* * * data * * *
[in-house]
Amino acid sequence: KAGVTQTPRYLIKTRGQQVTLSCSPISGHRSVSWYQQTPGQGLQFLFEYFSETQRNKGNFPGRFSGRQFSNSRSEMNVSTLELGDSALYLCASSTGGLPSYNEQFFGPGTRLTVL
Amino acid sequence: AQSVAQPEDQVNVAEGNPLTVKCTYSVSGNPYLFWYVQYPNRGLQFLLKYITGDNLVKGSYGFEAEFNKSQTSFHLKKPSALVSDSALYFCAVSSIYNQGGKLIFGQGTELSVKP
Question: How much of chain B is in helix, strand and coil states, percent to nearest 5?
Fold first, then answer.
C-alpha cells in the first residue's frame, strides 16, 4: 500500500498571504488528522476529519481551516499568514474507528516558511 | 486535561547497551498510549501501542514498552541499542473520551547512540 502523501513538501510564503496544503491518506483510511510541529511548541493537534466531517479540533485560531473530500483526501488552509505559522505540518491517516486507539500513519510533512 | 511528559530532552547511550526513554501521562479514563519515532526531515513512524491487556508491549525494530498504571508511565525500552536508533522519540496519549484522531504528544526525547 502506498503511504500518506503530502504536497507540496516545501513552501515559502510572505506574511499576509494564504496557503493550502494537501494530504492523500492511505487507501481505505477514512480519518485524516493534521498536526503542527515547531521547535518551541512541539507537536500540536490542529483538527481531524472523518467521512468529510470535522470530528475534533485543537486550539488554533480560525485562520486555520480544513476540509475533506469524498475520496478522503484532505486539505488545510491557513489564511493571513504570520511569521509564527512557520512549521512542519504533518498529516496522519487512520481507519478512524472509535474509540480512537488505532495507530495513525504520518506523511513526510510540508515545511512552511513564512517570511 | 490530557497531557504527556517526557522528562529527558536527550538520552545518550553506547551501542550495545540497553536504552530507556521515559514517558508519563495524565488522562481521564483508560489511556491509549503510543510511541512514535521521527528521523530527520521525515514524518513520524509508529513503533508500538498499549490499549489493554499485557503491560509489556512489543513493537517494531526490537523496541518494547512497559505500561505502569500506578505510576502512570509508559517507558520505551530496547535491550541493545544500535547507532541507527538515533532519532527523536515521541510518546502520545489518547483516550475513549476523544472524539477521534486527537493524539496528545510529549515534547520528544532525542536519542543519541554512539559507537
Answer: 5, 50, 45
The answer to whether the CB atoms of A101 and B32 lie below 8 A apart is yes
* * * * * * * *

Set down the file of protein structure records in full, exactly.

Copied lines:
[in-house]
Amino acid sequence: KAGVTQTPRYLIKTRGQQVTLSCSPISGHRSVSWYQQTPGQGLQFLFEYFSETQRNKGNFPGRFSGRQFSNSRSEMNVSTLELGDSALYLCASSTGGLPSYNEQFFGPGTRLTVL
Amino acid sequence: AQSVAQPEDQVNVAEGNPLTVKCTYSVSGNPYLFWYVQYPNRGLQFLLKYITGDNLVKGSYGFEAEFNKSQTSFHLKKPSALVSDSALYFCAVSSIYNQGGKLIFGQGTELSVKP
Question: How much of chain B is in helix, strand and coil states, percent to nearest 5?
Fold first, then answer.
C-alpha cells in the first residue's frame, strides 16, 4: 500500500498571504488528522476529519481551516499568514474507528516558511 | 486535561547497551498510549501501542514498552541499542473520551547512540 502523501513538501510564503496544503491518506483510511510541529511548541493537534466531517479540533485560531473530500483526501488552509505559522505540518491517516486507539500513519510533512 | 511528559530532552547511550526513554501521562479514563519515532526531515513512524491487556508491549525494530498504571508511565525500552536508533522519540496519549484522531504528544526525547 502506498503511504500518506503530502504536497507540496516545501513552501515559502510572505506574511499576509494564504496557503493550502494537501494530504492523500492511505487507501481505505477514512480519518485524516493534521498536526503542527515547531521547535518551541512541539507537536500540536490542529483538527481531524472523518467521512468529510470535522470530528475534533485543537486550539488554533480560525485562520486555520480544513476540509475533506469524498475520496478522503484532505486539505488545510491557513489564511493571513504570520511569521509564527512557520512549521512542519504533518498529516496522519487512520481507519478512524472509535474509540480512537488505532495507530495513525504520518506523511513526510510540508515545511512552511513564512517570511 | 490530557497531557504527556517526557522528562529527558536527550538520552545518550553506547551501542550495545540497553536504552530507556521515559514517558508519563495524565488522562481521564483508560489511556491509549503510543510511541512514535521521527528521523530527520521525515514524518513520524509508529513503533508500538498499549490499549489493554499485557503491560509489556512489543513493537517494531526490537523496541518494547512497559505500561505502569500506578505510576502512570509508559517507558520505551530496547535491550541493545544500535547507532541507527538515533532519532527523536515521541510518546502520545489518547483516550475513549476523544472524539477521534486527537493524539496528545510529549515534547520528544532525542536519542543519541554512539559507537
Answer: 5, 50, 45
The answer to whether the CB atoms of A101 and B32 lie below 8 A apart is yes